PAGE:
Grinding/Sanding/Cutting Slate Tile?

Discussion in 'Bricks, Masonry and Concrete' started by Alabaster, Feb 2, 2008.

  1. Feb 2, 2008 #1

    Alabaster

    Alabaster

    Alabaster

    New Member

    Joined:
    Feb 2, 2008
    Messages:
    4
    Likes Received:
    0
    I bought a dining room table with slate tiles for the top -- the tiles are loosely placed into a grid-like frame on the top. Unfortunately two of the tiles are just a hair too wide and do not fit into the the grid. (The table looks like this)

    I probably only need to shave off 1/8" or so, maybe less, to make them fit. I own a circular saw, dremel, drill, and small handheld jigsaw.

    My instinct is to try to find some kind of heavy-duty sanding wheel for my dremel. Do you think this will do the trick, or do I need a more powerful tool to grind and/or cut it down?

    Thanks,
    chris.
     
  2. Feb 2, 2008 #2

    CraigFL

    CraigFL

    CraigFL

    Well-Known Member

    Joined:
    Mar 13, 2006
    Messages:
    409
    Likes Received:
    0
    They make tile saws with diamond blades for things like that. I would find an installer that will cut them for you, rent a saw or buy a diamond blade for your circular saw. Your dremel tool will take you all day to do it....
     
  3. Feb 2, 2008 #3

    Alabaster

    Alabaster

    Alabaster

    New Member

    Joined:
    Feb 2, 2008
    Messages:
    4
    Likes Received:
    0
  4. Feb 2, 2008 #4

    ToolGuy

    ToolGuy

    ToolGuy

    Well-Known Member

    Joined:
    Nov 26, 2007
    Messages:
    482
    Likes Received:
    2
    That would work. I'd say get it and do it. You can probably get the bit from your nearest home depot, lowes or similar big box store.
     
  5. Feb 3, 2008 #5

    CraigFL

    CraigFL

    CraigFL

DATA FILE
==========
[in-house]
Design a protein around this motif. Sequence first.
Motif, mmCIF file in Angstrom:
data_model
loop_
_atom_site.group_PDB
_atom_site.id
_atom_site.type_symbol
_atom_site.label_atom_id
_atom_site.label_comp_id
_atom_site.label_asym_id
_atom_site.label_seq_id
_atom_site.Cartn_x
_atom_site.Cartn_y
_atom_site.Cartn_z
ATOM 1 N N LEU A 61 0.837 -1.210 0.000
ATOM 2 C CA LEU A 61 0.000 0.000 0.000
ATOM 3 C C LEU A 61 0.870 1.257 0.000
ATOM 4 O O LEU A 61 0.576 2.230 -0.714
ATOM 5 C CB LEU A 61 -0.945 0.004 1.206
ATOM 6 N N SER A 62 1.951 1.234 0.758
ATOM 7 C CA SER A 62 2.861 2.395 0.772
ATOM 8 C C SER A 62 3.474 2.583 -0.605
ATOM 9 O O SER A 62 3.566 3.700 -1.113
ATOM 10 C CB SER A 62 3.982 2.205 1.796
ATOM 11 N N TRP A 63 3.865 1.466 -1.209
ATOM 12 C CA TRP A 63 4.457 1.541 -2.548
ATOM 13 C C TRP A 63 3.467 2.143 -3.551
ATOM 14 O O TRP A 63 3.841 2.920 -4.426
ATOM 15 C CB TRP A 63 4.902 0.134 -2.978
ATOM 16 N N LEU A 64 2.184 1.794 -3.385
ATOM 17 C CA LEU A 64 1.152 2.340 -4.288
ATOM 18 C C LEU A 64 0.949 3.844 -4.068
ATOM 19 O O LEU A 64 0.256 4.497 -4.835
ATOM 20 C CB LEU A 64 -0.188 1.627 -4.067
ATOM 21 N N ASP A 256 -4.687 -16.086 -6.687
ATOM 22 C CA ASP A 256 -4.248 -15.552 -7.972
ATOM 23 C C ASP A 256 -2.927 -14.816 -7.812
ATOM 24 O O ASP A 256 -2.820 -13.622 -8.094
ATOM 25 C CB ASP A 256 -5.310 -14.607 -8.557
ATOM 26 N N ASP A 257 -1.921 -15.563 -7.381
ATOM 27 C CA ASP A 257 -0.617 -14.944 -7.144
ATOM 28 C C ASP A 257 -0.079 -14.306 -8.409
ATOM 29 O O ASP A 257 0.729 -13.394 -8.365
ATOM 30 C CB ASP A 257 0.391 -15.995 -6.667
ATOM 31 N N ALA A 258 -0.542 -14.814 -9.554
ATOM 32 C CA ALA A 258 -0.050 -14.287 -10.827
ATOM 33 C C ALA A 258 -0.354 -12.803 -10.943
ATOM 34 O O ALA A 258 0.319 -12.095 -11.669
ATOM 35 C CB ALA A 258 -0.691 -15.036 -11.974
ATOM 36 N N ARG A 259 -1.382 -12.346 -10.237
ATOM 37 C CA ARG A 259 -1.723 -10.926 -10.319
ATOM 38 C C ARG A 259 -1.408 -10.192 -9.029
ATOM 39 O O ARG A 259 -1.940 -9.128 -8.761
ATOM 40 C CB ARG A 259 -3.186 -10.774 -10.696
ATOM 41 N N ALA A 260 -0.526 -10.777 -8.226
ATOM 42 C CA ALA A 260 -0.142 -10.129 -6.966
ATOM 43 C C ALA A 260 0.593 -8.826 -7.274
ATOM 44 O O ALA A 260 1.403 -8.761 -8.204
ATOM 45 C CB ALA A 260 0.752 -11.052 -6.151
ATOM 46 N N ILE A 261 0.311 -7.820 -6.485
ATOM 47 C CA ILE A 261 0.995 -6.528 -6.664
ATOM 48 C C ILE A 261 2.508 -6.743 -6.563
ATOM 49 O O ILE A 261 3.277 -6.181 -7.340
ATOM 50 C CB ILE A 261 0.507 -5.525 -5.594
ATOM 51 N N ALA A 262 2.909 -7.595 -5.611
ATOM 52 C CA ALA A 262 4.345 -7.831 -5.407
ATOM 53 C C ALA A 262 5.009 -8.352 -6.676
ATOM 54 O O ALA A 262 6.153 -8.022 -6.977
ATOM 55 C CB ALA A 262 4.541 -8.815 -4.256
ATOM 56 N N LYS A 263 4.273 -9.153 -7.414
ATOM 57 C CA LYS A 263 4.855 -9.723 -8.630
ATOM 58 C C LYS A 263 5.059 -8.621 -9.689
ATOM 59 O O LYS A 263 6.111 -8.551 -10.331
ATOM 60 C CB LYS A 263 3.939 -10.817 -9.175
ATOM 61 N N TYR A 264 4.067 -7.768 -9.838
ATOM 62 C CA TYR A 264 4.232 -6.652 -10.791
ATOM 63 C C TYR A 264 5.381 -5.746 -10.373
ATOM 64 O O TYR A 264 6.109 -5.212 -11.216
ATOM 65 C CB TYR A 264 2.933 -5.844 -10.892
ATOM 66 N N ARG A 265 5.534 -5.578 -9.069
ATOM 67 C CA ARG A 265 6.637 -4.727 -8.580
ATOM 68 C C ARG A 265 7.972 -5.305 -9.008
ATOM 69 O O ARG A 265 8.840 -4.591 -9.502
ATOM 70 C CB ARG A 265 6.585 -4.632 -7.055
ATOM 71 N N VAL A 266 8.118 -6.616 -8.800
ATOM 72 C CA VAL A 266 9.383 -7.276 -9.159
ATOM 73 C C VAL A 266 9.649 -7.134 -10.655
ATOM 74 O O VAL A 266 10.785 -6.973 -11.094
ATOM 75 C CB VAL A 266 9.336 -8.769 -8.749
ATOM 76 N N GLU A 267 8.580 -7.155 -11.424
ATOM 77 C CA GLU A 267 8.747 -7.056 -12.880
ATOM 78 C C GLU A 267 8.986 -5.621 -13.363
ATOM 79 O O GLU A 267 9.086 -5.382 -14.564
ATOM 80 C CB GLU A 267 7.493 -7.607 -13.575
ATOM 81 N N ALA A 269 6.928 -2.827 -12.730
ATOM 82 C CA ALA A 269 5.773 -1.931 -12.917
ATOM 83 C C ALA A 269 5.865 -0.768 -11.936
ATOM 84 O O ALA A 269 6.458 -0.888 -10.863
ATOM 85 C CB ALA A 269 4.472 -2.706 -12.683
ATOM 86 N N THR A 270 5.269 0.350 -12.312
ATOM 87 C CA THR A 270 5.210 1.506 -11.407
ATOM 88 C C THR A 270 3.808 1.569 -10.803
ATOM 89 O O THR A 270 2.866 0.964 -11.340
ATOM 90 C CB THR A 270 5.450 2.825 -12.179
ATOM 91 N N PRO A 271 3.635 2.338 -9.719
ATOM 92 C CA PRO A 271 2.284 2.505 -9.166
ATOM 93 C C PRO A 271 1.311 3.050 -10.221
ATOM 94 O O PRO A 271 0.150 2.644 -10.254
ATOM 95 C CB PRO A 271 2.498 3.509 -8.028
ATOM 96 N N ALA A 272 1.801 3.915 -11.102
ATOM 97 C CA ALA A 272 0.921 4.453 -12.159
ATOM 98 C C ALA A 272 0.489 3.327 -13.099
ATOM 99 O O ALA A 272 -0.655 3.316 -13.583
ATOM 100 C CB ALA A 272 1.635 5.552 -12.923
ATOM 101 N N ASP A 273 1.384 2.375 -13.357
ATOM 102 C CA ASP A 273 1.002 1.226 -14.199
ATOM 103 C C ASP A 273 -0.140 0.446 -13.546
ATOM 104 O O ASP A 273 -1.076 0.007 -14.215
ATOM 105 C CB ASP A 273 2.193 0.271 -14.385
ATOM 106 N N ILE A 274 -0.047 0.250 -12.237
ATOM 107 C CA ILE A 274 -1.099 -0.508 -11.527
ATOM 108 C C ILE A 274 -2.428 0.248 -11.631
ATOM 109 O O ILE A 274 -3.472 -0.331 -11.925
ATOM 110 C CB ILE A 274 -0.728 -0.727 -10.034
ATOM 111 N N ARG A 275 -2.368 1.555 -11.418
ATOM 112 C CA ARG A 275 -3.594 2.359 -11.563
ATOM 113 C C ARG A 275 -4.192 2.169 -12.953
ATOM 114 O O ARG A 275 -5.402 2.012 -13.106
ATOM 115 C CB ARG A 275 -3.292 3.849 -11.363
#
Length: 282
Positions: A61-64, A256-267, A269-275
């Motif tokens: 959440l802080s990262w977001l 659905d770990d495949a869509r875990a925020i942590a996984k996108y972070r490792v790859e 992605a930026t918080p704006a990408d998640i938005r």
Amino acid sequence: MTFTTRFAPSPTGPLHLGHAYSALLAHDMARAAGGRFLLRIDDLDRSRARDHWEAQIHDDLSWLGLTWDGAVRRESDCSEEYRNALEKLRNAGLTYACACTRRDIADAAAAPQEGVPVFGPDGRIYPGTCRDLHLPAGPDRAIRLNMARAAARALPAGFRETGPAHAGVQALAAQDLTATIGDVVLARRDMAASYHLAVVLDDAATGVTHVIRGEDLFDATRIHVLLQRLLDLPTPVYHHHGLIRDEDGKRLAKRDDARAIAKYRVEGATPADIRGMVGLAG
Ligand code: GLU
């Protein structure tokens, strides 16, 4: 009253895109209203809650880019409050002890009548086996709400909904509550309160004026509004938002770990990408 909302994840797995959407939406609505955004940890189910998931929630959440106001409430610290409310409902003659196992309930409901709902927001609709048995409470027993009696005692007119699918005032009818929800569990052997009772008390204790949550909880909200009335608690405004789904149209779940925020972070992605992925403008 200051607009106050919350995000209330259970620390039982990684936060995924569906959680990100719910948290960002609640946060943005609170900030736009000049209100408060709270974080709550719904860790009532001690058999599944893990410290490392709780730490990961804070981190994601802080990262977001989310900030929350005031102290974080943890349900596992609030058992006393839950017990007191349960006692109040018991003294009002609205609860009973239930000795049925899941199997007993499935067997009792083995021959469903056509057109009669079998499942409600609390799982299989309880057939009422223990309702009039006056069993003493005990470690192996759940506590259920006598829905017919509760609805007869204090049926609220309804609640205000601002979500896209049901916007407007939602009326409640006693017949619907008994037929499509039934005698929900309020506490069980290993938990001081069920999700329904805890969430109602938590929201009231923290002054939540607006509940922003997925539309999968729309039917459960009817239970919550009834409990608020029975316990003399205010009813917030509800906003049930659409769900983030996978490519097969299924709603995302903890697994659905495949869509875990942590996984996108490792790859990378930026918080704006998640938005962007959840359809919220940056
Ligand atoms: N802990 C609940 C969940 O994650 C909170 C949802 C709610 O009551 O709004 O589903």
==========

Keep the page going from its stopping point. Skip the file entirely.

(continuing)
Well-Known Member

    Joined:
    Mar 13, 2006
    Messages:
    409
    Likes Received:
    0
    I have one and have used it to cut tile. Be aware it is VERY difficult to cut a straight, good looking edge with the bit. If you can make yourself some kind of guide when you're using it it will be possible. The difficulty is that the bit will either pull into the work or out of the work when you try to cut depending on the rotation and which way you're moving it. Unless you make a guide that you can push up against with the non-cutting part of the shaft, the edge will be scalloped and sloppy.

    Making a guide becomes a PITA especially when you can more easily buy a diamond blade for your circular saw like this for $13.00 :

    http://www.harborfreight.com/cpi/ctaf/displayitem.taf?Itemnumber=95501

    I know people hate Harbor Fright tools but a $13 blade for just a few cuts will work just fine...
     
  6. Feb 3, 2008 #6

    Daryl in Nanoose

    Daryl in Nanoose

    Daryl in Nanoose

    Well-Known Member

    Joined:
    Feb 3, 2006
    Messages:
    768
    Likes Received:
    9
    I just did a tile job with 19 inch x 39 inch tiles and needed a jig since renting a saw that big was a no go. I made a fast simple jig using a piece of plywood, 2 1x2s and 2 small pieces of siding. I bought a $39.00 diamond blade for my skill saw and I was good to go. It worked like a charm.
    Okay my drawing sucks but you get the idea.

    tilecut.JPG

    foyer.jpg
     
  7. Feb 17, 2009 #7

    walkaho

    walkaho

    walkaho

    New Member

    Joined:
    Feb 17, 2009
    Messages:
    1
    Likes Received:
    0
    I have a slate floor that has a high spot where a door is dragging. The door is big, heavy, and expensive, and I figured rather than chancing messing up the door by taking it and shaving it down I could just sand or grind down the high spot on the slate tile. What is the best material to use for either grinding or sanding down a slate tile? Or should I just chip away at it and then reseal it?
     
  8. Feb 18, 2009 #8

    Daryl in Nanoose

    Daryl in Nanoose

    Daryl in Nanoose

    Well-Known Member

    Joined:
    Feb 3, 2006
    Messages:
    768
    Likes Received:
    9
    Sorry but I personaly would not take a chance at sanding slate tile, I think you would be making a big mistake but that's just my opinion having worked with slate tile.
     
  9. Feb 18, 2009 #9

    jdougn

    jdougn

    jdougn

    Well-Known Member

    Joined:
    Aug 7, 2006
    Messages:
    132
    Likes Received:
    1
    It is much easier to cut down the door. If you sand or grind the floor (which is difficult and requires special tools) that area will always look different. Additionally, as weather & humidity change the door may start touching the floor again. Now what do you do?

    If necessary, find a pro to cut the door down for you or ask some friends with carpentry experience that'll come help out.
    hth, Doug
     

Share This Page